Five new academics to join the department
Adam Brown is well known to the department in his current position as research fellow in the Advanced Biomanufacturing Centre. He is a biological engineer with a primary research focus on DNA engineering with application in synthetic biology and biotechnology.
Professor Corr joins the department from the University of Glasgow. She is also Associate editor of RSC Nanoscale (2013 – present) and was awarded her PhD from Trinity College Dublin. Her research group focuses on the design, synthesis and full characterisation of functional nanomaterials whose applications include insertion electrodes for energy storage, biomedical diagnostics and therapeutics and electronically responsive materials. Using a variety of synthetic approaches and a range of characterisation techniques spanning electron microscopy, X-ray diffraction, physical property measurements and local structure probes, the group is particularly interested in understanding the intimate structure-property interplay in functional nanomaterials.
Dr Eddie Cussen
Dr Cussen joins the department from the University of Strathcylde. He obtained his degree in Materials Chemistry at the University of Nottingham in 1995. He then moved to the University of Oxford to study for his doctorate under the supervision of Dr Peter Battle. After carrying out postdoctoral research with Prof. Matthew Rosseinsky at the University of Liverpool Eddie was awarded a Royal Society University Research Fellowship in 2002. He initially held this at the University of Nottingham before taking up a Lectureship in at Strathclyde in 2006. In 2010 he was promoted to Senior Lecturer. His research examines the structural and bonding arrangements that underpin a diverse range of properties of complex crystalline solids.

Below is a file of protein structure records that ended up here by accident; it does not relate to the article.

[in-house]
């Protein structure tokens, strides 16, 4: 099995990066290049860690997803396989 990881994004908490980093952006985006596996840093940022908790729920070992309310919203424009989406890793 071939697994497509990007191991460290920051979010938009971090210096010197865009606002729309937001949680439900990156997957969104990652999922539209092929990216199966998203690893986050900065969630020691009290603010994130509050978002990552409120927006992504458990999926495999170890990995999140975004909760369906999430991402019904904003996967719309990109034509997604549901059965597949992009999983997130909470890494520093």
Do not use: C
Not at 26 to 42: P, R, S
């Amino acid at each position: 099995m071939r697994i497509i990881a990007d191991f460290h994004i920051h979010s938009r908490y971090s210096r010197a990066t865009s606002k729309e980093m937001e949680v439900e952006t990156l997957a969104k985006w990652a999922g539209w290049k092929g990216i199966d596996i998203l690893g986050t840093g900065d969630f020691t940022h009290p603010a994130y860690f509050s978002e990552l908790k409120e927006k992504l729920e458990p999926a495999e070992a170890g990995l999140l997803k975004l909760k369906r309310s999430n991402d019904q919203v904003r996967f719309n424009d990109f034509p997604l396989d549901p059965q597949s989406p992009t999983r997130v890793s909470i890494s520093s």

Dr Moghadam joins the department from the University of Cambridge. His current role is Senior Research Associate in the of Department of Chemical Engineering and Biotechnology where he has been since 2015. His research interests concern the study of the molecular mechanisms that control adsorption processes in porous materials and the design of new porous systems based on metal-organic frameworks (MOFs). We aim to exploit the new opportunities these materials can offer compared with classical ones. We are particularly interested in drug delivery systems, where nanotechnology has the potential to revolutionise cancer diagnosis and therapy. We are also interested in the use of novel porous materials for energy-efficient applications, including carbon capture and storage (CCS) and hydrogen purification.
Dr Nedoma graduated with the highest distinction from the University of Florida in 2004 with a bachelors degree in chemical engineering. She completed her PhD at the University of California, Berkeley in 2010, using small-angle scattering techniques and thermodynamic models to examine the nanostructure of blends comprising block copolymers. Alisyn was awarded a Junior Research Fellowship at Imperial College London (2011–2014) to pursue the development of block copolymer–based plastic solar cells. She joined the Department of Chemical and Materials Engineering at the University of Auckland as a lecturer in 2016. Her research interests include; Phase behaviour and kinetics of block copolymers in supercritical CO2, scaled-up processing of plastic electronics, development of reactor-to-reel continuous processes for nanomaterials, competition between crystallisation and phase separation in soft matter composites, nanostructure formation in all-conjugated block copolymers.
"We've attracted some exceptional candidates. With the appointment of our new academic staff we'll see our teaching and research programmes continue to grow and flourish. It is going to be a very exciting year for CBE."
Head of Department Professor Jim Litster
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